Panel of stereoview (1897) Dedication of Grant's Tomb-the Yacht Sultana. Only sold by Griffith & Griffith, Philadelphia, St. Louis, and Liverpool, England. This stereoview was possibly taken by William Rau (1855-1920) of Philadelphia, who worked periodically for Griffith & Griffith.
A nearly identical photo of the Sultana attributed to John S. Johnston (c. 1839-1899). Courtesy Library of Congress. It appears to have been taken moments before or after the stereoview. She served in the U.S. Navy during the First World War doing coastal duty. In 1919, Edwin Levick (1868-1929) photographed her as well. She may also survive on an oil on canvas (privately owned) by that denizen of the Erie Basin, William G. Yorke. If indeed it is Sultana, Yorke got away with painting her hull black, which it wasn't.
by A.J. Peluso Jr.
If you collect pictures of boats, you may never know everything you wanted to know about them, but sometimes knowing just the clues can be fascinating.
The steam yacht Sultanawas the pride of Trenor L. Park, a ridiculously rich New York businessman and yachtsman. His 88,000-square-foot home, Hill Crest, sat on 220 acres in White Plains, New York. The yacht was commissioned for Park and his bride, Julia Hunt Catlin, in 1889.
The Sultana was a three-masted, steel, topsail schooner, designed by J. Beavor Webb and built by Handren and Robbins at Brooklyn's Erie Basin. She was 187' overall with a 27'6" beam. The New York Timesnoted, "The main saloon [was to be] furnished in quarter-sawn oak, decorated in cream, gold and blue after the Italian Renaissance period. The same splendor [was to] prevail in the private cabin of Mr. Park and in Mrs. Park's boudoir." It also had a photographic darkroom. All this came at a cost upward of $150,000. At the launch, the New York Times also noted that there "were at least 500 persons present by invitation and added to these were about 1500 persons who got in by cheek alone."
The Parks spent their honeymoon on the yacht and later crossed the Atlantic about 75 times, according Julia Park's memoirs. "We cruised from the Windward Isles to South America. One time we cruised for a year and a half from North Cape to Suez, stopping wherever and for as long as we pleased."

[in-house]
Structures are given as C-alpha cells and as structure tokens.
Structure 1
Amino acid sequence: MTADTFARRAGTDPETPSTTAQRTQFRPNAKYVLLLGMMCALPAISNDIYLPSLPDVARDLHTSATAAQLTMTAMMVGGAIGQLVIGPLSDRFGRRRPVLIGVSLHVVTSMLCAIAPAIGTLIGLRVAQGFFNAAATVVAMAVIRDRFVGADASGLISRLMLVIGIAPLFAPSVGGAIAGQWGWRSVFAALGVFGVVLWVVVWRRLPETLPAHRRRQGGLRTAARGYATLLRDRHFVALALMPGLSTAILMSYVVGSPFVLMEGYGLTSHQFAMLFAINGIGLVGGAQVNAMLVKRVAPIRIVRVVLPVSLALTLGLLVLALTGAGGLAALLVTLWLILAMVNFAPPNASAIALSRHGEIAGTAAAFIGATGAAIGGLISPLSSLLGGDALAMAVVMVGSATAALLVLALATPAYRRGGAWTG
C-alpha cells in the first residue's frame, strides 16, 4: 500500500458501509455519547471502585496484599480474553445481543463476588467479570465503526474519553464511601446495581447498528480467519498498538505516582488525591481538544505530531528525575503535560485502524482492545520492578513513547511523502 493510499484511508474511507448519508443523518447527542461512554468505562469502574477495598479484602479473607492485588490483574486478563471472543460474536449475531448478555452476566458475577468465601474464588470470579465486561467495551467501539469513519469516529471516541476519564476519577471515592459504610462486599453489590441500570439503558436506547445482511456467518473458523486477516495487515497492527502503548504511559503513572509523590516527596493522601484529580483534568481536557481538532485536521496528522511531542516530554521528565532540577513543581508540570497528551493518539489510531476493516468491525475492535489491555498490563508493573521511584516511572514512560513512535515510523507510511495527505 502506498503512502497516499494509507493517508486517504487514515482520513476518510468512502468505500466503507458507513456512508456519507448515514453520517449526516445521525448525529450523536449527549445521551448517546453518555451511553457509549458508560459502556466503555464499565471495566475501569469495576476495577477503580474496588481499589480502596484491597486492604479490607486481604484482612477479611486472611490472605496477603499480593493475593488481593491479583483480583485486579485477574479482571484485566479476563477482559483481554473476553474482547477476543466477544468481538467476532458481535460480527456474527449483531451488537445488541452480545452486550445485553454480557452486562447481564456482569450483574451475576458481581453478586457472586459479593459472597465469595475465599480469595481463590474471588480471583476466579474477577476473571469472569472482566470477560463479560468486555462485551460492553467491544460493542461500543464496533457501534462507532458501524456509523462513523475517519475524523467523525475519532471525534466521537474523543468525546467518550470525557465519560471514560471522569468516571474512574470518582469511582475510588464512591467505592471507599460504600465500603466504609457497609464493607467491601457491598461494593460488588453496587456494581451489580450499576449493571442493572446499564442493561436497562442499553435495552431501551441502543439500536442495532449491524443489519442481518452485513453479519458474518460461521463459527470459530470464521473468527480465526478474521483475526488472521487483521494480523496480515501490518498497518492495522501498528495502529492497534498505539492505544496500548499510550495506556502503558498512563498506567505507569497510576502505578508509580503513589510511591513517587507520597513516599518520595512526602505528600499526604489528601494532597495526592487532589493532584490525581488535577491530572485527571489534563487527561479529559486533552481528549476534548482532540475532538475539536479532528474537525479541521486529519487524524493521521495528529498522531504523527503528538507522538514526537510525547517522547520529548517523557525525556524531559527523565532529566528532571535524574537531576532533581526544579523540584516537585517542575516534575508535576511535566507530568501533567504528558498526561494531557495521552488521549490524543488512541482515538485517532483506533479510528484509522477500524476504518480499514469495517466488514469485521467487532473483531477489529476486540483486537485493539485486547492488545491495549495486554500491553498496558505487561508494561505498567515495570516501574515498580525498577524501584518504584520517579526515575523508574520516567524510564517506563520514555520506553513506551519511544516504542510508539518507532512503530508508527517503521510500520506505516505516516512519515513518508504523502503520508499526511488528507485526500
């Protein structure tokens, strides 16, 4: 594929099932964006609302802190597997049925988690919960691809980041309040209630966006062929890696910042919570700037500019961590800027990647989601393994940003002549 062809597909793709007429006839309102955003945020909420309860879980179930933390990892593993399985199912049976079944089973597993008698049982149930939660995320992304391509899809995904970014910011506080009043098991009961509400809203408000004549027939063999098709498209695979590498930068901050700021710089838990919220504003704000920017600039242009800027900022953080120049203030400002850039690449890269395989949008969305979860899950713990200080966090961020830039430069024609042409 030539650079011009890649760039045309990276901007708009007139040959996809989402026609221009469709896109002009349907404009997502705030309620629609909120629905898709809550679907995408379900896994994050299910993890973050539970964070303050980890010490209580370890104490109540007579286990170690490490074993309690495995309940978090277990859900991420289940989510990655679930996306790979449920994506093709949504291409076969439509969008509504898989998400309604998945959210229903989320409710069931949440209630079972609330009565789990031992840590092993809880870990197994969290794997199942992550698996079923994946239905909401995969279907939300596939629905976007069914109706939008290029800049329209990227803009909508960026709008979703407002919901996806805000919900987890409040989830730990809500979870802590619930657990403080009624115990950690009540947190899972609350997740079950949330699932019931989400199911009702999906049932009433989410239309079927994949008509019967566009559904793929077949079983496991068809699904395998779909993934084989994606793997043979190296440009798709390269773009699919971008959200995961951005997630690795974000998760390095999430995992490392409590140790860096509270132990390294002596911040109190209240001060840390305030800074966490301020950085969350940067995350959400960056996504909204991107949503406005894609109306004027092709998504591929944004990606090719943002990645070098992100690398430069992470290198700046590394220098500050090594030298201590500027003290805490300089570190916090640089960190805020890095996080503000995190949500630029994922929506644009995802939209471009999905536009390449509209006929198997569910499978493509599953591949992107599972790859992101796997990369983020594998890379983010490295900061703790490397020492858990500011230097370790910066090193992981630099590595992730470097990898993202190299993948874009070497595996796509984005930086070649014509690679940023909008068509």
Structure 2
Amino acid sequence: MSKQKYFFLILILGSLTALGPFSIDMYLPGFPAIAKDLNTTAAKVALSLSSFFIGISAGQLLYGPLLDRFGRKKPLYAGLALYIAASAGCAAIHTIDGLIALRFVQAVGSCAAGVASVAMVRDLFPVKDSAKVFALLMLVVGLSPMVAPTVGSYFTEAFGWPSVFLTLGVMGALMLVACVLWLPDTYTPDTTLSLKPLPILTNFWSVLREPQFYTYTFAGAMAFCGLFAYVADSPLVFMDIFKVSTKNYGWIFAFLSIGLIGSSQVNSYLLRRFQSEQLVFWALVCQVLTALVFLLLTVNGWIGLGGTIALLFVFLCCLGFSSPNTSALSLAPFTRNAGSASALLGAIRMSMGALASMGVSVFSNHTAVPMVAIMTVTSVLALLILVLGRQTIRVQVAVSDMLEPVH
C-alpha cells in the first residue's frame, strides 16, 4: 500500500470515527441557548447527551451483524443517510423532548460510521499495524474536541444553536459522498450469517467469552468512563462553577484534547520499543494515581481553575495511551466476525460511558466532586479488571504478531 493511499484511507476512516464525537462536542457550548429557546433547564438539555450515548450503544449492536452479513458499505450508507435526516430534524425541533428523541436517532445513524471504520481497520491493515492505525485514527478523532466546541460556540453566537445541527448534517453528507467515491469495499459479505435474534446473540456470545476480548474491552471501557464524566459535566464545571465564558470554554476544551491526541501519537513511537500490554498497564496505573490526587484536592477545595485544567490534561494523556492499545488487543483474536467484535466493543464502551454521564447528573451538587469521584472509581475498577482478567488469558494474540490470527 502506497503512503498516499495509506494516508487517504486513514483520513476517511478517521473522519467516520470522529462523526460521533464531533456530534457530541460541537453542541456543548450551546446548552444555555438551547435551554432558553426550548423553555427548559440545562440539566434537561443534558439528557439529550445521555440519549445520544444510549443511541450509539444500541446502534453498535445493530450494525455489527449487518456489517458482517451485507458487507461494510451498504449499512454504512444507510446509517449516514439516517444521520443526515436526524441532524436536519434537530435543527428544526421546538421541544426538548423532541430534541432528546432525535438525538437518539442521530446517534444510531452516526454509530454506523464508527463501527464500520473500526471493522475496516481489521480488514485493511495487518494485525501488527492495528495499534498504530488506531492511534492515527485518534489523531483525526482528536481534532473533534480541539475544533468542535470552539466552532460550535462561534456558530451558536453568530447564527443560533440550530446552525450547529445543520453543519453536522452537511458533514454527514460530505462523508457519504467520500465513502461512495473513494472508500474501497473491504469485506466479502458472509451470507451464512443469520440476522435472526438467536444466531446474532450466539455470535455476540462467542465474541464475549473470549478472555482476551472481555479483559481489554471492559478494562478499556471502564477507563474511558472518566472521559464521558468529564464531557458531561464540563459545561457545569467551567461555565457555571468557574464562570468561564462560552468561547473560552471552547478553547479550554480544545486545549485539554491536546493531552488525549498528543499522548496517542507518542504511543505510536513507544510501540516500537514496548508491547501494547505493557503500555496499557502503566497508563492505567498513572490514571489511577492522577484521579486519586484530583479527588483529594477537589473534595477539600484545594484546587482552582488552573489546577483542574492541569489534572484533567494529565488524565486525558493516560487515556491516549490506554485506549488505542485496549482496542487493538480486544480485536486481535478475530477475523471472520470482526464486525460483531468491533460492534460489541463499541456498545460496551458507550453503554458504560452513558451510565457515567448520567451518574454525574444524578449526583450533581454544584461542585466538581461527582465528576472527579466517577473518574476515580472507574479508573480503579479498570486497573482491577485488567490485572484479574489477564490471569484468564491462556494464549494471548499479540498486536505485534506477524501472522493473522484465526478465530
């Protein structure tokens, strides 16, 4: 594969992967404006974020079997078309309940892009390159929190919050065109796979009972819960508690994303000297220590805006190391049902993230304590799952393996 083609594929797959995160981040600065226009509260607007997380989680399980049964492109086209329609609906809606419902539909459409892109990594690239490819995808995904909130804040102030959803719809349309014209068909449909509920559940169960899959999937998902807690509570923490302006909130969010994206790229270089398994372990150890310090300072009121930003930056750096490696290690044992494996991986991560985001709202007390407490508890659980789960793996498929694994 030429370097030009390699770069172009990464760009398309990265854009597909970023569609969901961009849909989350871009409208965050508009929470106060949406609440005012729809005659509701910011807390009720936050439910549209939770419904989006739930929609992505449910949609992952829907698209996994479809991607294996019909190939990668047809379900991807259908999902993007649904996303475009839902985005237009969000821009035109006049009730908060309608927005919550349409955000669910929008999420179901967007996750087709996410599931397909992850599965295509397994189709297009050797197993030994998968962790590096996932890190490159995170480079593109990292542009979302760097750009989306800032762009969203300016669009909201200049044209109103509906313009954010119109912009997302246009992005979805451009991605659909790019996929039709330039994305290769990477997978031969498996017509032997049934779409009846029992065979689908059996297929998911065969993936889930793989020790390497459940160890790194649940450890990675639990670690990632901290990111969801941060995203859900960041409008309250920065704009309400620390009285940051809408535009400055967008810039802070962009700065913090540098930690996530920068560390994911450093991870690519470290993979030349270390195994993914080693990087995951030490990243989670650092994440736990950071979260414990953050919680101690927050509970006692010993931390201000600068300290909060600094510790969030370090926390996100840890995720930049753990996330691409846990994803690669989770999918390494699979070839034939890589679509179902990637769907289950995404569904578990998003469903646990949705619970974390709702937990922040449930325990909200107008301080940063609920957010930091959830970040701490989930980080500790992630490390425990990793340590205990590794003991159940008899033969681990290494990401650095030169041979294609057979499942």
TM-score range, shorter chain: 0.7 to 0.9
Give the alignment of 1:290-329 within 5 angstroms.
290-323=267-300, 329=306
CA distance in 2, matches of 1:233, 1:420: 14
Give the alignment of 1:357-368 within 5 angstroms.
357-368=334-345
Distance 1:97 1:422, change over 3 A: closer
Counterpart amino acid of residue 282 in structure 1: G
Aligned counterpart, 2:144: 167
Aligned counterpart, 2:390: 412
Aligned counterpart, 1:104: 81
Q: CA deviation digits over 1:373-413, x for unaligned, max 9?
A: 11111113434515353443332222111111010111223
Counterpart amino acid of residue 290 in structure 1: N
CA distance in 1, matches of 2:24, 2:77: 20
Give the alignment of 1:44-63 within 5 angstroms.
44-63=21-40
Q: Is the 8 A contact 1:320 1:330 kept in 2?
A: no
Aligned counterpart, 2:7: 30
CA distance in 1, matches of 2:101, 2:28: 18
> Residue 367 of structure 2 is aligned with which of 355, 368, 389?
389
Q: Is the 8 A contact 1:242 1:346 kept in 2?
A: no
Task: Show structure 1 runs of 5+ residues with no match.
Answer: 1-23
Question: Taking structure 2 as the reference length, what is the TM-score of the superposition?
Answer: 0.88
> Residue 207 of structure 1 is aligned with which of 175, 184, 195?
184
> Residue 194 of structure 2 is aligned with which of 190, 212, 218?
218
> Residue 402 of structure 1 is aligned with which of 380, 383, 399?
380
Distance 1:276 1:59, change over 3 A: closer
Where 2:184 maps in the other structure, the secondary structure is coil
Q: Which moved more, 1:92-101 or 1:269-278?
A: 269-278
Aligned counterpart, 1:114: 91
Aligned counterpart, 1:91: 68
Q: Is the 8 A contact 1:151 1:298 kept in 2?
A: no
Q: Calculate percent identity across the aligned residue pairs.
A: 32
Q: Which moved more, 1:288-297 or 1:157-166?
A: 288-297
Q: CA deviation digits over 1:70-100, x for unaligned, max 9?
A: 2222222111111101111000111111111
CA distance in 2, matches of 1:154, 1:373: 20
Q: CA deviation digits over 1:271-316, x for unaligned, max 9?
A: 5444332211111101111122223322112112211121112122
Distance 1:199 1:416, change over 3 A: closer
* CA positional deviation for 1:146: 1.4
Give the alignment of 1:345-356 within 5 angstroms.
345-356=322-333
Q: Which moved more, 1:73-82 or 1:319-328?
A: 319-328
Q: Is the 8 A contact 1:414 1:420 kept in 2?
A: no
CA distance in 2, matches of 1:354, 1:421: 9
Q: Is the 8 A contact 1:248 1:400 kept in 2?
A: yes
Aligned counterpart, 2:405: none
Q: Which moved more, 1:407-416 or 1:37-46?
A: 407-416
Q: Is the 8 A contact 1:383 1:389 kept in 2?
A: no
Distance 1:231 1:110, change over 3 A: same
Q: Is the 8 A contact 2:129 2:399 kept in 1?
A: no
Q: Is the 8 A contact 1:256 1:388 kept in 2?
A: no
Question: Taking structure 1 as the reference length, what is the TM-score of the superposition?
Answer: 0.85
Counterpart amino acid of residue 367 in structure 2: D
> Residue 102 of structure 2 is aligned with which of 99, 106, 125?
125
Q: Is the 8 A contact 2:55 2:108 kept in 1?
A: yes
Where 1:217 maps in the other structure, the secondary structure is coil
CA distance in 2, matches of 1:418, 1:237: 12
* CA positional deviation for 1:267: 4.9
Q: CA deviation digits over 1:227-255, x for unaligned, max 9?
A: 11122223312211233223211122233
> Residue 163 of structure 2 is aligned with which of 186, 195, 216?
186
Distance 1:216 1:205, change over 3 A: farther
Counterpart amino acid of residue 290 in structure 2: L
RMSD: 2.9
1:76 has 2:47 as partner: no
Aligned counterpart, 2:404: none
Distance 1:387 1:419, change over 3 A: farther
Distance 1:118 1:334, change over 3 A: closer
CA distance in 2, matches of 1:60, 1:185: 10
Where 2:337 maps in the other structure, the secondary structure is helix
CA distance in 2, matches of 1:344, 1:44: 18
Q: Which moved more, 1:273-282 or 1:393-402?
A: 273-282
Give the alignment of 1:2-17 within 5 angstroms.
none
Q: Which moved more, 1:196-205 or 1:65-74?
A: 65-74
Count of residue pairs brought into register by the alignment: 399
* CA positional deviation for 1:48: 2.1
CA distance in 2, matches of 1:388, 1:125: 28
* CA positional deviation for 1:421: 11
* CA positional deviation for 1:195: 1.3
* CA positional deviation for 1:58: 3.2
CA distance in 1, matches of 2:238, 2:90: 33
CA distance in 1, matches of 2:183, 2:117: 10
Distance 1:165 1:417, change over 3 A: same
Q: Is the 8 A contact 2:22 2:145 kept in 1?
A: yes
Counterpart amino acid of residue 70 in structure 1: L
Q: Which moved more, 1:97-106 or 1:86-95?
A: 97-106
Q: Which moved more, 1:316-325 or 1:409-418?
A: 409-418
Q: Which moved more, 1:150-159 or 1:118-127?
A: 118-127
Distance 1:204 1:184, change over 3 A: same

Trenor Park was a lawyer and banker, and he developed a silk merchant business during two years in China and Japan. He spent much of his time competing: with his yacht Vim he won the 1906 Roosevelt Cup; he sailed at Marblehead against yachts from the Kaiserlicher Yacht Club; and he competed with his Nathanael Herreshoff sloop Mimosa III. He was commodore of the American Yacht Club and a member of the New York Yacht Club and the Seawanhaka Corinthian Yacht Club. He belonged to the Metropolitan Club, the Union League, Lotos Club, Harvard Club, Racquet Club, St. Nicholas Club, and Westchester's St. Andrew's Golf Club.
When not cruising, Julia Park busied herself with many worthy causes. Trenor Park died in October 1907, and Julia Park later moved to France, where she befriended Rudyard Kipling and married French General E.M.A. Taufflieb. The yacht was, in the meantime, sold to Mrs. Harriman—a name sufficiently detailed as to identify her as the wife of the railroad mogul E.H. Harriman. During the First World War, Julia Taufflieb turned her chateau into a hospital, not far from the front. For her heroic work, she received the Légion d'honneur and Croix de guerre. Mrs. Taufflieb died in 1947.
It's all in the stereoview.
|Sultana (ex-collection E. Donald Roberts, Detroit, Michigan, 1897). Courtesy Library of Congress. Dictionaries give second meaning to "Sultana" as the mistress of the sultan, king, or prince. From the Italian feminine of sultano.|
Originally published in the January 2013 issue of Maine Antique Digest. © 2012 Maine Antique Digest